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Binding Price Ceilings on Ceilings

December 2, 2013 Leave a comment

Venezuela’s President Nicholas Maduro just can’t resist:

Maduro also announced on Friday a new decree to limit monthly rents for commercial properties, to 250 bolivars ($40) per square meter, in a bid to reduce costs passed to consumers.

Usually price ceilings are put in place to protect consumers with low purchasing power. When you put a price ceiling in place to protect producers–notice that this ceiling is on commercial rents, not housing–something is spinning out of control.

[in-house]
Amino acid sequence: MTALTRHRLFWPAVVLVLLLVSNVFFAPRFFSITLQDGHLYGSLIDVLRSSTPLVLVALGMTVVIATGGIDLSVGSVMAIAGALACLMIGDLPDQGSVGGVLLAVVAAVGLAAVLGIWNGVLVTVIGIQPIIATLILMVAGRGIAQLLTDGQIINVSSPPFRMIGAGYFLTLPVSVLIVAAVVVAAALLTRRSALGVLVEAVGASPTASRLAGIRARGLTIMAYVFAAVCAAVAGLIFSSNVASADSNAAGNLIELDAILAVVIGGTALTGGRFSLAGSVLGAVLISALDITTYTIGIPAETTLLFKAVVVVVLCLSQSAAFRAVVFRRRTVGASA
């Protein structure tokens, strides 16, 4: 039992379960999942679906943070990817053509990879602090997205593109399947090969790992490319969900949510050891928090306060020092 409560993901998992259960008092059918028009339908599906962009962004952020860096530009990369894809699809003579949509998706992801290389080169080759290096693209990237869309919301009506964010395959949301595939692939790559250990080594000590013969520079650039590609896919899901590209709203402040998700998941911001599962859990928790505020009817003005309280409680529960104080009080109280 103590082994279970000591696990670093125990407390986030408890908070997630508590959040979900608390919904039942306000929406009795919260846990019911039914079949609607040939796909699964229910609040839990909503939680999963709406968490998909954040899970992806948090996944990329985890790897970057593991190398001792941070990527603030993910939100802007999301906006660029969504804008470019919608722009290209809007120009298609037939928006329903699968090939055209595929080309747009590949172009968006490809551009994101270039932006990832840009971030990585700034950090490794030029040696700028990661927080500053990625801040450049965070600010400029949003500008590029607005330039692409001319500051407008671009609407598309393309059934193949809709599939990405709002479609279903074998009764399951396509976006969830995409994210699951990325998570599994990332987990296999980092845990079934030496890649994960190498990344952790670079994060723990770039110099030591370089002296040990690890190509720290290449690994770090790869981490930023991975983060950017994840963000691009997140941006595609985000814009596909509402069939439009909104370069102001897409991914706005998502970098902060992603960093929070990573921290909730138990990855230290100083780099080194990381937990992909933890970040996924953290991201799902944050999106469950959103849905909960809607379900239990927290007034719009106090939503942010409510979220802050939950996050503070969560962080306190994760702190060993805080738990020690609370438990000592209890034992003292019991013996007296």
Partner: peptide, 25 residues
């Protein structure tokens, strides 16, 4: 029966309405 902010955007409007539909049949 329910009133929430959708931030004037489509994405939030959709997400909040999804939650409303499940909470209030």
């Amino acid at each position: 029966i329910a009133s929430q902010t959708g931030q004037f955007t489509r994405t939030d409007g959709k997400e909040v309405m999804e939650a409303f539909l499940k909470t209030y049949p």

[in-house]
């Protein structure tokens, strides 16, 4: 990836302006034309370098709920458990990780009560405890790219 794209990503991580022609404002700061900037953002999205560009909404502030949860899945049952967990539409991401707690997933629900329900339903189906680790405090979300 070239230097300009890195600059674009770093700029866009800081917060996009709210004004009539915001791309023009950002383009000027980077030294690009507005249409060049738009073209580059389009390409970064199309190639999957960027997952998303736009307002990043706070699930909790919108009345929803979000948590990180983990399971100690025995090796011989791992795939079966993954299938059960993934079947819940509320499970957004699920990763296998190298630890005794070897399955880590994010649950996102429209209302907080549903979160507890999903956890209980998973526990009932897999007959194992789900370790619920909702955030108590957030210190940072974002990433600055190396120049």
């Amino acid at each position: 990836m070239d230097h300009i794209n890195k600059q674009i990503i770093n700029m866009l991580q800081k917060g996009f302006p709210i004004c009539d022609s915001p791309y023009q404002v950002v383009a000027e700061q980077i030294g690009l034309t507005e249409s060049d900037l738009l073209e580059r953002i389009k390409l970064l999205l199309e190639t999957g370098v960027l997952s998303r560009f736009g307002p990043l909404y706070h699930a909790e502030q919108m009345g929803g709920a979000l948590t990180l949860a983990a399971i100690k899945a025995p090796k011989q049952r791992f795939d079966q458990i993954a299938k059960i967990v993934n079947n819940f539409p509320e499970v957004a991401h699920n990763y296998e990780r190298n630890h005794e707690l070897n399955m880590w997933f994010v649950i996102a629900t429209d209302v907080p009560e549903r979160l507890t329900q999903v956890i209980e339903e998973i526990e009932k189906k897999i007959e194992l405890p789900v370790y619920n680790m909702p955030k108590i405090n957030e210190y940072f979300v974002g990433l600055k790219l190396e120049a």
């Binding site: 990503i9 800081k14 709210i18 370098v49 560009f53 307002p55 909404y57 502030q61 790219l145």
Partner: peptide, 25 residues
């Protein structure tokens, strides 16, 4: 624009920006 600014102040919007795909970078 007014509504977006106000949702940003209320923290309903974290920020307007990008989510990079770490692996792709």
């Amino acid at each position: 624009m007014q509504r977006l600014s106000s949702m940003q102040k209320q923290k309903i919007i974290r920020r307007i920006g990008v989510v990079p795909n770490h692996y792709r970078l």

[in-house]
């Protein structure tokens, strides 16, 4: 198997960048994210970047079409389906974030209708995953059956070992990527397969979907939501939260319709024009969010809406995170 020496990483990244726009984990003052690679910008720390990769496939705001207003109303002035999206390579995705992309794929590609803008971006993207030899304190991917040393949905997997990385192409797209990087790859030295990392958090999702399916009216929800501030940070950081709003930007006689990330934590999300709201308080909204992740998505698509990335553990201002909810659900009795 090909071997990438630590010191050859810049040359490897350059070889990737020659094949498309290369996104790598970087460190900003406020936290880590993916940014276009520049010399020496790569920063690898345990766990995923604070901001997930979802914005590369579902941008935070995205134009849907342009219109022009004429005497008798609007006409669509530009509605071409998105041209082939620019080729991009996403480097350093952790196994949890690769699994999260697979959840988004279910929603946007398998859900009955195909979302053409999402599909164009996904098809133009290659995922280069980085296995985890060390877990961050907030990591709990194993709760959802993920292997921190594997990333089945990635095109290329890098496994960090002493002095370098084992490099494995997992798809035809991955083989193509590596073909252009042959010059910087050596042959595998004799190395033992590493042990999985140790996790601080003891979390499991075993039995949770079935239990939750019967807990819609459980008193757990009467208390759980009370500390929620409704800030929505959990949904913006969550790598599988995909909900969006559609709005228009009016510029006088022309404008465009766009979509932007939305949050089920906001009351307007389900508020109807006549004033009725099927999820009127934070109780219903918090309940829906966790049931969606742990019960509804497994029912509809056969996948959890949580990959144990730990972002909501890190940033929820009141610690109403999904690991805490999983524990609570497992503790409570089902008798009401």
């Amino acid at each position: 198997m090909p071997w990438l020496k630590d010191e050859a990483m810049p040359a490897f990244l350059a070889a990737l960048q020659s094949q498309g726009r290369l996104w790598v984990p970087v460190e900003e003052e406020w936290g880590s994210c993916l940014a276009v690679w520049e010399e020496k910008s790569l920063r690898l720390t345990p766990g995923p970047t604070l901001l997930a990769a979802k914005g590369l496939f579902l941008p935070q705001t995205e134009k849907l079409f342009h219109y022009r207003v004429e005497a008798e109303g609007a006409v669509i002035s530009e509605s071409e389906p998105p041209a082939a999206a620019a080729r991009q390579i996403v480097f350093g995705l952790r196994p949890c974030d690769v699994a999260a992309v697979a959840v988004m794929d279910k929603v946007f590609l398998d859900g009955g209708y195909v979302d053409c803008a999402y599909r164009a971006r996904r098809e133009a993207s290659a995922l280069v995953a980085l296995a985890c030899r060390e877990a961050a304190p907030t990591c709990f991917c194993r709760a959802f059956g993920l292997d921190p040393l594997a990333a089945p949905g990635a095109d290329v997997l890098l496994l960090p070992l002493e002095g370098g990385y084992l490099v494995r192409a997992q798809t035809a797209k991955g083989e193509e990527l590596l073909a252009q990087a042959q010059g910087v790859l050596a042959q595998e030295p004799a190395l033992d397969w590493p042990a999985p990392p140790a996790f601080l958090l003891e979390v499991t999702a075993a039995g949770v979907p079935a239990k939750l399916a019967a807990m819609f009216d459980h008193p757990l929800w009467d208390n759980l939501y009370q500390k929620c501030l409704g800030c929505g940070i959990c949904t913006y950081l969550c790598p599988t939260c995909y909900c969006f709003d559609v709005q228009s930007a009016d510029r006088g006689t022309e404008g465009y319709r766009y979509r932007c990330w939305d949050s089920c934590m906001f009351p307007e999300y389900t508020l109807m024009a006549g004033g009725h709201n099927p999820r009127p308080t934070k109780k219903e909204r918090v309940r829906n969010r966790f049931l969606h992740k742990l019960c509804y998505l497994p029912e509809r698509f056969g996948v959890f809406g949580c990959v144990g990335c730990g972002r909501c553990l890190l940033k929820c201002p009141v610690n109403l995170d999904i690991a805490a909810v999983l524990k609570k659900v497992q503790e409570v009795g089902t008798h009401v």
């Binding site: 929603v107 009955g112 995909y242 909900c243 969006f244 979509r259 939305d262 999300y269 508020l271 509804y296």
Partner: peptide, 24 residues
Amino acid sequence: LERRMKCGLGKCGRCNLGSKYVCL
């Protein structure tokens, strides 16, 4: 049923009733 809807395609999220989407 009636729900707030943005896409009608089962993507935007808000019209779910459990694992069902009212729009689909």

Politically, this move is fairly astute, in that new commercial space takes a long time to build, so the shortage this will create will not be apparent immediately. In fact, it may boost occupancy rates in the near term.

One thing’s for sure…this will tighten the local market for commercial space if it’s enforced. For one thing, renters will demand more space. Also likely: owners of commercial space will simply refuse to rent some of the best spaces at the lower price, forcing renters who want the best space into their inferior facilities.

Owners also now have a lot less incentive to maintain properties to get maximum rents. It’s happened before!

16-abandoned-office

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Categories: Microeconomics Tags: